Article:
UPDATED: 12/5/2016…

Every Sys-Admin or Sys-Eng I know has their own subconcious way of doing things.  The one, last hold-out of human intuition and creativity in existence within the data center world. Side note:  when the data center is fully automated, and humans are irrelevant, I wonder if AI will develop “preferential discrepancies” which lead to them bickering amongst each other.  I hope I don’t live long enough to find out.

Any how, each time I stand up a ConfigMgr site, whether for myself or for a customer, there are some habits I tend to lean on.  That is, unless the customer objects or doesn’t feel comfortable with the recommendation.  Keep in mind that I didn’t invent these, but like a good homeless person, I collect things for the long haul.

  1. Sidebar: Re-arrange the console side bar to place Administration on top.
  2. Devices and Device Collections views: I right-click column headings and add “Active Directory Site”, “Client Version”, “Last Status” and sometimes “Operating System”
  3. Applications: Right-click column headings and add “Devices with Application”
  4. Queries: I add queries for grouping by OS, manufacturer, vendor and MAC address
  5. Discoveries: I enable the option to filter out by x-days since last logon or password update.  Because most environments don’t maintain a “clean” AD environment.
  6. Maintenance: Following Steve Thompson’s advice, I set up reindexing and index defragmentation tasks in both SQL Server and via the ConfigMgr console, so that they don’t step on each other.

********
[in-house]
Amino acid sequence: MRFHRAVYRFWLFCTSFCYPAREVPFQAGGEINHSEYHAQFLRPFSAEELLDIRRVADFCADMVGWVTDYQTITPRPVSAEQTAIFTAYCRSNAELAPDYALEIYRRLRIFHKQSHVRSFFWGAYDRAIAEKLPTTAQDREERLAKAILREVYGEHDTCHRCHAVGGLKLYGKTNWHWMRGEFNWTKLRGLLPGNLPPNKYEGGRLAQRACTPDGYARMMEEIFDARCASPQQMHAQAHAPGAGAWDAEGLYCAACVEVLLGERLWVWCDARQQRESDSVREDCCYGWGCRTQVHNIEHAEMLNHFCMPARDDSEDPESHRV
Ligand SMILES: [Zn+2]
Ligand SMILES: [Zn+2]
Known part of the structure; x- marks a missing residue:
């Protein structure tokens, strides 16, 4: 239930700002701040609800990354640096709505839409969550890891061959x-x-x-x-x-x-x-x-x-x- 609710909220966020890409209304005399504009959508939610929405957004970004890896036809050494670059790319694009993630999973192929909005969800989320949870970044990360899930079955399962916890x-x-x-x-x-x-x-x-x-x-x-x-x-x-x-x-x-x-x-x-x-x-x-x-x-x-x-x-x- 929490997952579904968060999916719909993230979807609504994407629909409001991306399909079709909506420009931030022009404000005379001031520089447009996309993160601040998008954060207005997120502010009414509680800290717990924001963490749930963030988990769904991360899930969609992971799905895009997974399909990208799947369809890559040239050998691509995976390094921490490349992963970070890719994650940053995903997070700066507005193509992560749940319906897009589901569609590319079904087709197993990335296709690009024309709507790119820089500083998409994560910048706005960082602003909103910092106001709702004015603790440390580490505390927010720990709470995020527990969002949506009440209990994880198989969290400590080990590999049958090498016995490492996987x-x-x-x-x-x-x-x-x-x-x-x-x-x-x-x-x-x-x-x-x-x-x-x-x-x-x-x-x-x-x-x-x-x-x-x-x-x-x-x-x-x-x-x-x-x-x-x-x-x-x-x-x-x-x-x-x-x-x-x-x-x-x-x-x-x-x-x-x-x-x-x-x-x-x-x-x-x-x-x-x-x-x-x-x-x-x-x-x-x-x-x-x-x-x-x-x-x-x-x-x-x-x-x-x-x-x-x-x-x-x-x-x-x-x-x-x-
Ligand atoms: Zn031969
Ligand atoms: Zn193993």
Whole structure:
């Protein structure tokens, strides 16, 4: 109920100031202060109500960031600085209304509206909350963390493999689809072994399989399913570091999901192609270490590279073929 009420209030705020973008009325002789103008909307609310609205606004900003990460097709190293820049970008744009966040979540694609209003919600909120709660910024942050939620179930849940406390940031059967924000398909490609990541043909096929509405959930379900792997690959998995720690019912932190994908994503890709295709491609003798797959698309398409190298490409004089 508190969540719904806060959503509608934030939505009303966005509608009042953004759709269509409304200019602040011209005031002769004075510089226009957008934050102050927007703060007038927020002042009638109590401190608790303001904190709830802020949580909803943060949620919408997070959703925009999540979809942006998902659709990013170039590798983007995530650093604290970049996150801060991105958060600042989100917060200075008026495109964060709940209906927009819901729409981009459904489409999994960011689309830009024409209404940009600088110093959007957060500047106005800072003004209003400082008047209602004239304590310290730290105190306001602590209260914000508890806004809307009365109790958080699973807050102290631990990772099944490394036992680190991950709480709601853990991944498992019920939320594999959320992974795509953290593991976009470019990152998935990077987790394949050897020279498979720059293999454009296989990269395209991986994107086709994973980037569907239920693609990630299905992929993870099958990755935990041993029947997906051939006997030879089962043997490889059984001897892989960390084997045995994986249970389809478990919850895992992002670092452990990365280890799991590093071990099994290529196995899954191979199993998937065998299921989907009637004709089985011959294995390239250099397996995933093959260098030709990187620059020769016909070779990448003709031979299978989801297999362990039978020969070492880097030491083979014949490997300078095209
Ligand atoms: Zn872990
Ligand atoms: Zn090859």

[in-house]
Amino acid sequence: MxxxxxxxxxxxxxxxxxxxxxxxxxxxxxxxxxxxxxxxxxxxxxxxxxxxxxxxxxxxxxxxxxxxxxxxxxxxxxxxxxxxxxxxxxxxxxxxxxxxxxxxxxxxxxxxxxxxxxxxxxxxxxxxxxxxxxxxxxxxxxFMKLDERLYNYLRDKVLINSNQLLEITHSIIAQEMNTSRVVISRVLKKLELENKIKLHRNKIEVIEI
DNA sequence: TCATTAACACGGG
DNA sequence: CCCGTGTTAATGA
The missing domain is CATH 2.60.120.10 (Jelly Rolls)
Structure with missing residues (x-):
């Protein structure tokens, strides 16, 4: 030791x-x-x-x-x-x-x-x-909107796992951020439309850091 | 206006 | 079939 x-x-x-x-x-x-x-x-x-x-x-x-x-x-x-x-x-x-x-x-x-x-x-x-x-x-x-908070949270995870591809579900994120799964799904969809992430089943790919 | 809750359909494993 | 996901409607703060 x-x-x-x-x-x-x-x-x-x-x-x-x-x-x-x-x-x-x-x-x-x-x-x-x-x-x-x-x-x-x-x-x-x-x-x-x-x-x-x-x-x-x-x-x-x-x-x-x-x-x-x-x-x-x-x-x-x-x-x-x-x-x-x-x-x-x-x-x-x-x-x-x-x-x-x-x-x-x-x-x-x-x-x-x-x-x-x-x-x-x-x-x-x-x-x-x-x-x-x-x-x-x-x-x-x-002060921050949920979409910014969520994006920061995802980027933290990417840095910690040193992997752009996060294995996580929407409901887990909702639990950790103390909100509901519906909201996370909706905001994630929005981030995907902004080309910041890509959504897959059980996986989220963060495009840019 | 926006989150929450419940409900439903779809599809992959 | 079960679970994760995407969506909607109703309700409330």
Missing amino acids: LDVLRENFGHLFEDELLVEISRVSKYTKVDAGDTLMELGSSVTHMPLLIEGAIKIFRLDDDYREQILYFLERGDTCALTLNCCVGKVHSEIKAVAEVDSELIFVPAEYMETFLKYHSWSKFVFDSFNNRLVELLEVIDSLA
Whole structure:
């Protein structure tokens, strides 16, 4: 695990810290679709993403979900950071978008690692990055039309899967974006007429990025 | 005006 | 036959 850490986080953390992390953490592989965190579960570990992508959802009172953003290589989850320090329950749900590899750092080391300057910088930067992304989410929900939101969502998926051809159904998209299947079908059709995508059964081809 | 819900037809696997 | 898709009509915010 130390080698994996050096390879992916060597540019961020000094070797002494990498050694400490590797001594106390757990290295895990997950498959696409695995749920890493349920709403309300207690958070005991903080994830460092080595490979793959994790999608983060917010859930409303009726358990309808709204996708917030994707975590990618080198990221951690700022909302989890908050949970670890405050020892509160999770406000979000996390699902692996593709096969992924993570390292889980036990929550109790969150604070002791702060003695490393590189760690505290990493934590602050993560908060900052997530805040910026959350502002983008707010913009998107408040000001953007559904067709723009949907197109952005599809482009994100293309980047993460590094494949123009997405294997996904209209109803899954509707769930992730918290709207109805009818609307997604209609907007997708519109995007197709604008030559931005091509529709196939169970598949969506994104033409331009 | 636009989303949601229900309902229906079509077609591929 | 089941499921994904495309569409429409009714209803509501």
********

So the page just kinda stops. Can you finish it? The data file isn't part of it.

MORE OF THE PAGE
7. System Discovery: Include the msTPM-xxx attributes (for TPM and BitLocker)
  8. User Discovery: If customer leverages non-typical attributes (e.g. “EmployeeNumber”) add those to the attributes list.  One example was a customer who automated AD user account attributes like “title”, “manager” and so on, and we used those to create queries and collections for targeting various things.
  9. Boundary Groups: Right-click on column headings and add “Site”
  10. Monitoring/ Component Status: Right-click column headings and add “Errors” and “Warnings”
  11. Monitoring / Distribution / Content Status: Right-click column headings and add “Failed”
  12. IIS Log Management: Add a Windows Scheduled Task to run this PowerShell script to clean up IIS logs to save disk space (thanks to FoxDeploy for this tip!)

And finally, in some situations, I recommend creating at least one custom device collection to isolate VIP devices.  That way you can be careful to treat them delicately, or, if you’re being terminated, to target that Windows 10 image deployment, even if they have Windows 10 already.

There are some others, but this is enough for now.  So, what do you think?  What options/features do you customize when building a new site?


One thought on “My Silly ConfigMgr Habits – Updated

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